Reviews

10/10

This summer, we experienced some problems with our existing (gas) water heater, and then later also experienced various issues in replacing it with a new one. Throughout this difficult experience, Roto-Rooter (Parksville/Nanaimo) provided excellent support and assistance in working through all of the troublesome issues. Everyone at Roto-Rooter, including Terry (the owner), all of the plumbers and the office staff, were all very helpful. An explanation of what occurred follows, along with how Roto-Rooter helped with each of the issues. Just prior to leaving for vacation, I discovered that we had a leak from the Relief Valve Discharge Line on our (9 year old) hot water tank. I then called in a plumber from the company that had previously sold and installed that tank. They advised me to replace the Pressure Relief Valve (PRV) on the tank, and also suggested replacing the Pressure Reducing Valve on the main water pipe in the house. I agreed to replace both of these. The next day I discovered a slow water leak from the rubber gasket where the tank’s PRV is connected. After calling back the same plumber, he advised that I needed to replace the tank, and so I obtained a quote from them. Since we had used Roto-Rooter for several major and minor plumbing/drainage jobs over the two decades that we have owned our house, I called them to ask if they also sold and installed hot water heaters. Finding out that they did, I asked them for a quote. Terry and his team were very helpful in discussing the various options (i.e. gas, electric, and tank-less). However, since the slow leak disappeared the following day, I decided to postpone the replacement of the tank until I returned from vacation, as I did not want to risk any major work in the house just before going away, and Roto-Rooter were very helpful in advising us on minimizing any risk of further leakage during our vacation. When we returned from vacation, we discovered another slow water leak at the PRV on the main water pipe, and recalled the first plumber to fix it, which he supposedly did. However, the next day, the leak was even worse, and so I decided to get Roto-Rooter in to fix it instead. After that no leaks reappeared. We then placed the order for a new gas water heater with Roto-Rooter. Unfortunately, when the day arrived for its installation, we discovered that the unit which was shipped to us was sufficiently damaged that it had to be returned. However, Roto-Rooter kindly lent us a basic electric unit until a replacement arrived for the gas model that we ordered. Once a replacement arrived, it was installed straight away. However, after we started to use the tank, we discovered to our dismay that the fan used for the Power-Vent produces a very loud noise, and since our water heater is located in our laundry room which is next to our family room and dining room, and is also below our bedroom, this was very unpleasant to live with. This issue came as a surprise because we previously had a direct-vent gas unit, but were advised that they were no longer available and that we had to instead replace it with a power-vented unit. After several discussions with Terry at Roto-Rooter, with the manufacturer and the supplier (wholesaler), agreement was obtained to return this gas unit for an electric one. The electric unit is now installed and it is truly a relief not to suffer the noise of the power-vented gas unit. Throughout all of these problems, Terry and his staff were extremely helpful, professional and patient, and their plumbing skills and knowledge repeatedly inspired confidence, as they always have done in the past. Certainly, my wife and I would not hesitate to use Terry and his plumbing team at Roto-Rooter (Parksville/Nanaimo) again, and would recommend them to any other homeowner in the area that they service.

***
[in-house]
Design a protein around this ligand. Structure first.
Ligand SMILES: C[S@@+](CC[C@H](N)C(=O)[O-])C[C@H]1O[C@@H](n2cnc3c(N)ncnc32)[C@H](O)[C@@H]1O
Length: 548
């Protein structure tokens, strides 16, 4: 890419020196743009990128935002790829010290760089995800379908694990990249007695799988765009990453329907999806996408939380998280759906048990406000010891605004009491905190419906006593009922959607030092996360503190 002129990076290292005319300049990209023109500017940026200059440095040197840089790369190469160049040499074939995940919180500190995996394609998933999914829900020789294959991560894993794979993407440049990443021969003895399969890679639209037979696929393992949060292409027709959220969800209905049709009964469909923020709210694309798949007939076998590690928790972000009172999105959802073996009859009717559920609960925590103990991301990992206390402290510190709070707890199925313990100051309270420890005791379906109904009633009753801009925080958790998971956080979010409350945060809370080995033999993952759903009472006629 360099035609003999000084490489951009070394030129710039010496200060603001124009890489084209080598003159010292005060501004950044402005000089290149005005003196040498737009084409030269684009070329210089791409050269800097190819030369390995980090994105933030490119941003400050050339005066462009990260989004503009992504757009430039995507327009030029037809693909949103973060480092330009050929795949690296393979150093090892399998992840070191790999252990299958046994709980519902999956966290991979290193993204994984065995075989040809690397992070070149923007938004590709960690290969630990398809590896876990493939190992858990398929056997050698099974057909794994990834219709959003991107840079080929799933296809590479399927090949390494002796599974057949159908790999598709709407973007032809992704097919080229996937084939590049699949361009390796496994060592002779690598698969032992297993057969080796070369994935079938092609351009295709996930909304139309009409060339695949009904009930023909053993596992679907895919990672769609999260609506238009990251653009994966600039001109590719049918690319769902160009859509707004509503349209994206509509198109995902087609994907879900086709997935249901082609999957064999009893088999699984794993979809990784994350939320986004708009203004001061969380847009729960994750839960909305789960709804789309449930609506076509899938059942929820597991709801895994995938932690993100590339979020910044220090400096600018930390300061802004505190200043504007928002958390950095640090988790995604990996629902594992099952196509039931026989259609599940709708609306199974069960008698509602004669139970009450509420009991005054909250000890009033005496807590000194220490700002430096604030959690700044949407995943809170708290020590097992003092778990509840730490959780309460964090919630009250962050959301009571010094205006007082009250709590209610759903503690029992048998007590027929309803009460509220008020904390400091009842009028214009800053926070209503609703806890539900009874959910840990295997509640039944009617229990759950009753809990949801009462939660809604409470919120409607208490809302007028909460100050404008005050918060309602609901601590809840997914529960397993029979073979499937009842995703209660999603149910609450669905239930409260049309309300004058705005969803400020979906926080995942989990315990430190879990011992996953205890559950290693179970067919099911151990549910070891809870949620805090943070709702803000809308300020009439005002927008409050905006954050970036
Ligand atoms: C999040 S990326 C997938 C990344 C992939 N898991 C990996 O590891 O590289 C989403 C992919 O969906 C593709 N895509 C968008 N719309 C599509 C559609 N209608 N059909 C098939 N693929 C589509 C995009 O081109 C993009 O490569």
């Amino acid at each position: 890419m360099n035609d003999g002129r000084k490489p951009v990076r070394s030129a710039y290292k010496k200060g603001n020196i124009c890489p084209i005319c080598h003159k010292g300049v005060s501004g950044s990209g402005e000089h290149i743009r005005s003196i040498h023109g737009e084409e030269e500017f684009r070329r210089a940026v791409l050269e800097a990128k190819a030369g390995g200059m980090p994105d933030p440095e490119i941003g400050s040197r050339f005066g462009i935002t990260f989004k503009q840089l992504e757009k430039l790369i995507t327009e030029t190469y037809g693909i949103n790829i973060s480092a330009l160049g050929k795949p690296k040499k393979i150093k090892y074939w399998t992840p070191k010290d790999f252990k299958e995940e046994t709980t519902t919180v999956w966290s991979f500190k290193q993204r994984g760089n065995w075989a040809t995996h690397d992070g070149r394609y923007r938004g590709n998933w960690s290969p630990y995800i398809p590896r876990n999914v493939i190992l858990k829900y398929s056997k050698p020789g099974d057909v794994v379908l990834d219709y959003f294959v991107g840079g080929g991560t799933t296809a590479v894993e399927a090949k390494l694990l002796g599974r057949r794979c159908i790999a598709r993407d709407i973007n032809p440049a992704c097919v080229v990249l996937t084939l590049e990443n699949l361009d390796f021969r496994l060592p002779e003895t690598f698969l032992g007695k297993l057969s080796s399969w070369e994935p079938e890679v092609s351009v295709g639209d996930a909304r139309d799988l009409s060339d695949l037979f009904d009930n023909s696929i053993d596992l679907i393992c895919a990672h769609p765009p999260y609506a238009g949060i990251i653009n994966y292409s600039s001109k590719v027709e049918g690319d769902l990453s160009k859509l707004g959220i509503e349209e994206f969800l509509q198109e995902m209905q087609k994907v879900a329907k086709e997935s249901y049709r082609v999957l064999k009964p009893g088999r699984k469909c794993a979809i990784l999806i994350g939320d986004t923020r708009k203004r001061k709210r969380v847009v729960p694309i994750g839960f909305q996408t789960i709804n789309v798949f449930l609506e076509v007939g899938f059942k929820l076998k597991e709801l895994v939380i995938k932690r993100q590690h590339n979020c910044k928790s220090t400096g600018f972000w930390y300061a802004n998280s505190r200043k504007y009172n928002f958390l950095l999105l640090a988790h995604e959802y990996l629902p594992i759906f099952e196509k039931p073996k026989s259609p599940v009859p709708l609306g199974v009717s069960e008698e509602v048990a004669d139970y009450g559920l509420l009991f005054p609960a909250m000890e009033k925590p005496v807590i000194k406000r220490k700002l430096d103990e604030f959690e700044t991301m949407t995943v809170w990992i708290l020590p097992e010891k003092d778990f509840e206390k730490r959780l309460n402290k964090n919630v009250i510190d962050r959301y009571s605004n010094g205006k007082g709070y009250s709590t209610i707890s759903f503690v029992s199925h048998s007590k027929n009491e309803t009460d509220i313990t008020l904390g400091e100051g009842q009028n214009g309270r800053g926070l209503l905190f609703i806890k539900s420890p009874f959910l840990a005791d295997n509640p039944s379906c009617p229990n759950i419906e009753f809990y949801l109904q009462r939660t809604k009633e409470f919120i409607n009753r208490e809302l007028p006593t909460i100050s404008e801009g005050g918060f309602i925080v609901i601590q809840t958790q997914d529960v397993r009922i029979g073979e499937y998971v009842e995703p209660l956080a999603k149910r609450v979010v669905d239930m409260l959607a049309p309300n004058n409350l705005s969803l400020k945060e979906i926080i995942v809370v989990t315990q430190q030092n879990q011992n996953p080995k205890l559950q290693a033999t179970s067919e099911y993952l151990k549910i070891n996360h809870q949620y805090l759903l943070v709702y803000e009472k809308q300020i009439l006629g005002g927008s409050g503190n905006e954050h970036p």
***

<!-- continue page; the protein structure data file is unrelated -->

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0/10